What Should I Know About Earnest Money?
If it looks like your client is headed toward litigation over earnest money from a failed deal, understanding the principles of earnest money litigation is key to obtaining the best outcome.
When it comes to earnest money, there are two major common misconceptions. Some people think that, if one party defaults, the other party automatically gets the earnest money. And others think that, if a party has to sue to collect the earnest money, they will also automatically recover their attorneys’ fees when they win.
But neither is actually true …!
The reality is earnest money generally cannot be released to either the Buyer or the Seller without their mutual consent. And recovery of attorneys’ fees is far from certain, even where the contract says the prevailing party should recover those fees.
That said, there are ways to avoid earnest money disputes — and opportunities to increase your chances of winning, should litigation be unavoidable.
Make the earnest money amount meaningful.
Understand that, if there is a dispute over the earnest money, the likelihood of success often increases as the amount of the earnest money increases. If there is only $1,000 of earnest money, there is little incentive for either party to give sway.
Additionally, it is much harder to get a principled litigation attorney to agree to pursue that amount because the costs of litigation will, without fail, be substantially higher than the amount sought in recovery.
Make sure your client is able to recover attorneys’ fees.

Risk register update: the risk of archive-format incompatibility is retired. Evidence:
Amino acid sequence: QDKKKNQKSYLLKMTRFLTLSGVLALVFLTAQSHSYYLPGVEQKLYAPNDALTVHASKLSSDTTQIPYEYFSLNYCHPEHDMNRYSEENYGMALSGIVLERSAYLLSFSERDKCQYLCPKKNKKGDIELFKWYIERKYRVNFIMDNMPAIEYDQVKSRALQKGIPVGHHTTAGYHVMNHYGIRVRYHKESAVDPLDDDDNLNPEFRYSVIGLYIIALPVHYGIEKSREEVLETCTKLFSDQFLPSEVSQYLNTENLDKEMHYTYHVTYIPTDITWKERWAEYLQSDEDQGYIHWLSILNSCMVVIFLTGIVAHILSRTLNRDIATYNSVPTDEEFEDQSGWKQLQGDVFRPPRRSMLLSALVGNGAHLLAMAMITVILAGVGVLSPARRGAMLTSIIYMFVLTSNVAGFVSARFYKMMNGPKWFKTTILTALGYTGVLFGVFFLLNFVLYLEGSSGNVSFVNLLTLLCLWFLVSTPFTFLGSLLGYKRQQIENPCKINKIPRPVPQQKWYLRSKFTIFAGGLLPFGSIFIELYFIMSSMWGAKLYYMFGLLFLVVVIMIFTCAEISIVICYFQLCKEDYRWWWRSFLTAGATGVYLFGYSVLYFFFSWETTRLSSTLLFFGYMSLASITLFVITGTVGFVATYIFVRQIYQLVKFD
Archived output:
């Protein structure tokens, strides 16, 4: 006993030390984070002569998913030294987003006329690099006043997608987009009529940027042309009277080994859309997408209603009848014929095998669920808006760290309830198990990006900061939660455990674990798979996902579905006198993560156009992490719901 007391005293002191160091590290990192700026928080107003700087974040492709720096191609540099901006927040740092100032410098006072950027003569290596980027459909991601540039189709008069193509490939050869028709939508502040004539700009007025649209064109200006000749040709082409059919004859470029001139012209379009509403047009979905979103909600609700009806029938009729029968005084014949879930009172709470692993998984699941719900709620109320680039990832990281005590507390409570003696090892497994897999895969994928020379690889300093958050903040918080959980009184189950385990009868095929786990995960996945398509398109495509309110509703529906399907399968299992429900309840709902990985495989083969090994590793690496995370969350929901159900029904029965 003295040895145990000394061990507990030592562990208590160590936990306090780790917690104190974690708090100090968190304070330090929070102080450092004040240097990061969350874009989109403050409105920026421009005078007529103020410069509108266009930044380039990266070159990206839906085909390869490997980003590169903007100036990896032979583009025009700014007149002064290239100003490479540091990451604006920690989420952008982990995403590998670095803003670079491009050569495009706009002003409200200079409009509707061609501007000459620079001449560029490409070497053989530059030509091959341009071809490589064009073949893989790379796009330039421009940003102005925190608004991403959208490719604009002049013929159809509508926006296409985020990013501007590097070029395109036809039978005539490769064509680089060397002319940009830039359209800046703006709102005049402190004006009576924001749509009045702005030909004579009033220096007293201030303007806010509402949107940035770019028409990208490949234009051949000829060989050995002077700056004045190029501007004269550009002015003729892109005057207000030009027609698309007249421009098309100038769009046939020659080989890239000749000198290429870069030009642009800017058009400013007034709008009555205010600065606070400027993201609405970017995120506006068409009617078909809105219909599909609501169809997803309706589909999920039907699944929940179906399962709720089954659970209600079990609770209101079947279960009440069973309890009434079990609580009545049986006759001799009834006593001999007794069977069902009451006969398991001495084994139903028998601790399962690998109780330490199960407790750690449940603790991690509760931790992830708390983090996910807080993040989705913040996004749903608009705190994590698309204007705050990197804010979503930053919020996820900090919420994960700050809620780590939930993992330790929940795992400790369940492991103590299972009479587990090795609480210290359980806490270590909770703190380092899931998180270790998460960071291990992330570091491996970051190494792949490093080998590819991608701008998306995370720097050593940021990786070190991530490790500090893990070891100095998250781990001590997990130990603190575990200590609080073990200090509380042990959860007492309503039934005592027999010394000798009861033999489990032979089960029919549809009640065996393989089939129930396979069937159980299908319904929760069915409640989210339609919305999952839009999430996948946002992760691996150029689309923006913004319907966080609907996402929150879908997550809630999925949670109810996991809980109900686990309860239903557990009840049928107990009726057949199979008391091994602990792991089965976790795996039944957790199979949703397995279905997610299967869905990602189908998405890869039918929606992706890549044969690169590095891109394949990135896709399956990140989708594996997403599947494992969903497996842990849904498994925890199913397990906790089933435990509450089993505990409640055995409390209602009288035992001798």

The Multi Board Model 7.0 contract, which is commonly used in the Chicagoland area, does include such a provision. But many other form contracts being used in our area do not. And often times, even when the provision does exist in the contract, it is unwittingly waived during attorney review.
Prepare your client.
Before entering into litigation, be sure to understand the nature and costs of the process.
The process begins by sending a demand letter. If the opposing party does not comply with the demand, or there’s no sight of a settlement on the immediate horizon, the next step is to file a lawsuit.
That said, getting to this point in the litigation process will generally cost a client between $2,500 and $3,500 in legal fees, filing costs and process service fees. And if the case does actually go to trial, the client can expect to spend at least an additional $20,000 in legal fees, and up to two years before obtaining a judgment.
Deciding to engage in litigation isn’t for the faint hearted, shouldn’t be taken lightly, or be done without professional guidance.
For over 25 years, the professionals at Erwin Law have been working with both buyers and sellers on myriad real estate legal challenges, including earnest money recovery cases.
Our extensive experience helps us gauge the merits and strengths of every case, and we’ve designed a proven approach that produces successful results, sometimes within just a matter of days. If you have a dispute in the making, call Erwin Law at 773-525-0153. With a 95% success record in this arena, we are well-equipped to guide you through the challenges.